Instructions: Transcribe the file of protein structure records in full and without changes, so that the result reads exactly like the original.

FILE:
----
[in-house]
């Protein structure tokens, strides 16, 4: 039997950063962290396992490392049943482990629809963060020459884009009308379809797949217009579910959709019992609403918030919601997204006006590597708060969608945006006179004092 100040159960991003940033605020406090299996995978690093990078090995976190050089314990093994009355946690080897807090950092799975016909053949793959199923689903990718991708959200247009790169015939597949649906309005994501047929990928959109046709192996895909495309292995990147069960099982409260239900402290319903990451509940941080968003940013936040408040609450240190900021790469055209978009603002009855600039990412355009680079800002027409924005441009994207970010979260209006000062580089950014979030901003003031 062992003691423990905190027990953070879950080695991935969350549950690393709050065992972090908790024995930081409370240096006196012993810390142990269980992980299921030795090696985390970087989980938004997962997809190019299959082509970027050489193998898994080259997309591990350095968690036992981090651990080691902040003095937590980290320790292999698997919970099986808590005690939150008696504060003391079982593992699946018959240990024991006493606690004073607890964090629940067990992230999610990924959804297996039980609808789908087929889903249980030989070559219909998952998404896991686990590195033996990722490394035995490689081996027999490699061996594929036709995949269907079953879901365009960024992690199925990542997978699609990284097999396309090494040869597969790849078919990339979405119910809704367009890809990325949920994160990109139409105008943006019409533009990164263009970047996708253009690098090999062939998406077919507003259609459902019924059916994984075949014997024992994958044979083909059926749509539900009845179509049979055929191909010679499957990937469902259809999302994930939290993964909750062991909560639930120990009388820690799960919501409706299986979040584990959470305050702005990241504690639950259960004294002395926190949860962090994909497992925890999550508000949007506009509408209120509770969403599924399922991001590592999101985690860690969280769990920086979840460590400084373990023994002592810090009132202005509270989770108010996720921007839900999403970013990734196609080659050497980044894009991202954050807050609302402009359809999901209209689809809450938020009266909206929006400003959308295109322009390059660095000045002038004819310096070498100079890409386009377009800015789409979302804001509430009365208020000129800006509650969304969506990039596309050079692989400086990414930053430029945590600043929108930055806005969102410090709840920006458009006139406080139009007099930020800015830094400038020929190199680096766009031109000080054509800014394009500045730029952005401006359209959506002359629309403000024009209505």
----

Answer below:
[in-house]
């Protein structure tokens, strides 16, 4: 039997950063962290396992490392049943482990629809963060020459884009009308379809797949217009579910959709019992609403918030919601997204006006590597708060969608945006006179004092 100040159960991003940033605020406090299996995978690093990078090995976190050089314990093994009355946690080897807090950092799975016909053949793959199923689903990718991708959200247009790169015939597949649906309005994501047929990928959109046709192996895909495309292995990147069960099982409260239900402290319903990451509940941080968003940013936040408040609450240190900021790469055209978009603002009855600039990412355009680079800002027409924005441009994207970010979260209006000062580089950014979030901003003031 062992003691423990905190027990953070879950080695991935969350549950690393709050065992972090908790024995930081409370240096006196012993810390142990269980992980299921030795090696985390970087989980938004997962997809190019299959082509970027050489193998898994080259997309591990350095968690036992981090651990080691902040003095937590980290320790292999698997919970099986808590005690939150008696504060003391079982593992699946018959240990024991006493606690004073607890964090629940067990992230999610990924959804297996039980609808789908087929889903249980030989070559219909998952998404896991686990590195033996990722490394035995490689081996027999490699061996594929036709995949269907079953879901365009960024992690199925990542997978699609990284097999396309090494040869597969790849078919990339979405119910809704367009890809990325949920994160990109139409105008943006019409533009990164263009970047996708253009690098090999062939998406077919507003259609459902019924059916994984075949014997024992994958044979083909059926749509539900009845179509049979055929191909010679499957990937469902259809999302994930939290993964909750062991909560639930120990009388820690799960919501409706299986979040584990959470305050702005990241504690639950259960004294002395926190949860962090994909497992925890999550508000949007506009509408209120509770969403599924399922991001590592999101985690860690969280769990920086979840460590400084373990023994002592810090009132202005509270989770108010996720921007839900999403970013990734196609080659050497980044894009991202954050807050609302402009359809999901209209689809809450938020009266909206929006400003959308295109322009390059660095000045002038004819310096070498100079890409386009377009800015789409979302804001509430009365208020000129800006509650969304969506990039596309050079692989400086990414930053430029945590600043929108930055806005969102410090709840920006458009006139406080139009007099930020800015830094400038020929190199680096766009031109000080054509800014394009500045730029952005401006359209959506002359629309403000024009209505």